’Suspiria’: How Remakes Fail

Jack Julow, Writer

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There are few times in my life where I have hated watching a movie. Suspiria (2018) offered one of those experiences. Directed by Call Me By Your Name’s Luca Guadagnino, the horror remake has so far received polarizing reviews for understandable reasons and has so far performed poorly at the box office. As I have already stated, I highly disliked the film, and I have regretted spending money to go see it. The second the film ended, I turned to my friends and said, “That movie was complete garbage.” Now, I will explain why you must stay away from this burning trash dumpster and how it fails as a remake.

 

[SPOILERS FOLLOW]

 

The 2018 version of the classic Italian horror film chooses to adapt the worst part of the original: the story. Dario Argento’s Suspiria earned its notoriety for its saturated color palette, atmosphere, and the amazing score by Goblin. While the new version still has an amazing score by Radiohead’s Thom Yorke, its minimalist voidance of color adds to the overly long film’s blandness. Gaudagnino’s remake lasts too long, features too many characters, and lacks too much focus, which creates a convoluted story that overshadows its good themes with distracting misplaced scenes. Guadagnino also hurts the film by adding a twist that has little setup where Dakota Johnson’s Suzie reveals herself as the villain; I rolled my eyes as an unnecessarily gory scene followed.

 

The new edition also featured a historical element with 1977 Berlin with the backdrop of riots and the Red Army Faction terrorizing the streets, and the Holocaust is somehow shoehorned into it. The historical element added nothing to Suspiria and actually distracted from the main plot. Guadagnino makes the film bloated with many other scenes that drag out the runtime. Not all moments of the film are completely terrible, such as the fantastic Olga dance scene; nevertheless, these brief snippets of brilliant filmmaking are not worth enduring the rest of the film.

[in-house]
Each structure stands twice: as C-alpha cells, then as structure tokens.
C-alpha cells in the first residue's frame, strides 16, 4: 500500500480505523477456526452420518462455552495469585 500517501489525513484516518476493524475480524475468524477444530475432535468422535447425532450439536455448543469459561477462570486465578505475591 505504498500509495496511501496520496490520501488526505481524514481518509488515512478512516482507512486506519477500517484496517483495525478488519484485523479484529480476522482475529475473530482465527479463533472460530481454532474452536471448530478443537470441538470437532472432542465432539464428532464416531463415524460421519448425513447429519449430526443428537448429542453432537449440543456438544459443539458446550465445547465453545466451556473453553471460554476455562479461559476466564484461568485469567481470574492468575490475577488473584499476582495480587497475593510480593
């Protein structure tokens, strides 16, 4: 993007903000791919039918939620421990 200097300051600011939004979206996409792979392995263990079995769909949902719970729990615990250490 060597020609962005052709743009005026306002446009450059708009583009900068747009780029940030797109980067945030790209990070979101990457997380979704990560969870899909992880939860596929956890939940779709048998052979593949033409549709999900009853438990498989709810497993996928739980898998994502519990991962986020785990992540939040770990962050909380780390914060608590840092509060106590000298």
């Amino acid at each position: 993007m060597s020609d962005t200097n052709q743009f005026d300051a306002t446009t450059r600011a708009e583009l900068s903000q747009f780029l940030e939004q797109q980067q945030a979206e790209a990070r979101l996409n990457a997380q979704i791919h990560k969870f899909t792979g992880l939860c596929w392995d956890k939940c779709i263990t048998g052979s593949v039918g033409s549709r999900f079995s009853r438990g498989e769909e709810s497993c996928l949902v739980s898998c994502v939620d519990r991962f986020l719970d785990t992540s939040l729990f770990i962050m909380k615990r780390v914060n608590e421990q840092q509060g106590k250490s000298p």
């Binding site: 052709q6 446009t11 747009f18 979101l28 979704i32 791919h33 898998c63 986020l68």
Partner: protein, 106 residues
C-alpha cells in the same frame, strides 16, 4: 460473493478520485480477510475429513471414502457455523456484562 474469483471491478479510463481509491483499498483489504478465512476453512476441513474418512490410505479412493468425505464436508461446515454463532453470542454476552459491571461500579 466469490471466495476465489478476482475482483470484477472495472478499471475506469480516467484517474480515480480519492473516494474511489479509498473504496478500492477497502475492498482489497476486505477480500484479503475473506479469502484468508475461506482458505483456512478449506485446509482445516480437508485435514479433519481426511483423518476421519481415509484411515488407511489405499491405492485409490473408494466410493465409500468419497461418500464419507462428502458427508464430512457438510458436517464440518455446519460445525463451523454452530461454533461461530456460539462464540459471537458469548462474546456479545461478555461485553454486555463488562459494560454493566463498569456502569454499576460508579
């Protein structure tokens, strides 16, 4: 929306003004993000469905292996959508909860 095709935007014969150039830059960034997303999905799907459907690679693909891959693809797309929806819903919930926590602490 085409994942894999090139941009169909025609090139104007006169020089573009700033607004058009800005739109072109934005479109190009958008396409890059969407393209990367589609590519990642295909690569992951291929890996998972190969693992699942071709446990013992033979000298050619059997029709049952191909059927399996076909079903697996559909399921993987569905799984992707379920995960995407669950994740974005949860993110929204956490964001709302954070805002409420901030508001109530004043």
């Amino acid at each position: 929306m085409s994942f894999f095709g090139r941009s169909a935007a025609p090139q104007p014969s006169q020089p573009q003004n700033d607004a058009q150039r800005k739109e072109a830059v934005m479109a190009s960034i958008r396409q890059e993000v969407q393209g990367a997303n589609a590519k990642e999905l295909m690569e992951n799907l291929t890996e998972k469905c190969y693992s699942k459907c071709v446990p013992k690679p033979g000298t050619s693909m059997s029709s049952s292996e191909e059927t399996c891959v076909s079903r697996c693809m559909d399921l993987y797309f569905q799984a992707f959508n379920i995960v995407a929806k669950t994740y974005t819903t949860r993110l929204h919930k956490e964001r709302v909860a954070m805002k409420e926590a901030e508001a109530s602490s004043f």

Dakota Johnson is simply miscast. In my opinion, that role should have been offered to an actress that can play both evil and innocent effortlessly. Johnson nails the innocent, precocious Susie, but she lacks the charisma and screen presence to be the evil mastermind witch, Mother Suspirioum. Tilda Swinton plays creepy, yet she adds nothing truly new and special to her filmography. In addition, Swinton plays the old Doctor Klemperer, but there is not much performance under all the makeup. Chloe Grace Moretz bores easily with her one scene, yet this may be due to the underdevelopment of her character and unfocused characterization. However, Mia Goth shines in the film as the dancer Sara. Goth gives a great performance, steals the scenes she is in, and often overshadows Johnson.

 

In all honesty, avoid this movie if you have something better to do. I made an investment with my ticket and lost money. Fortunately, Suspiria will be leaving theaters soon.

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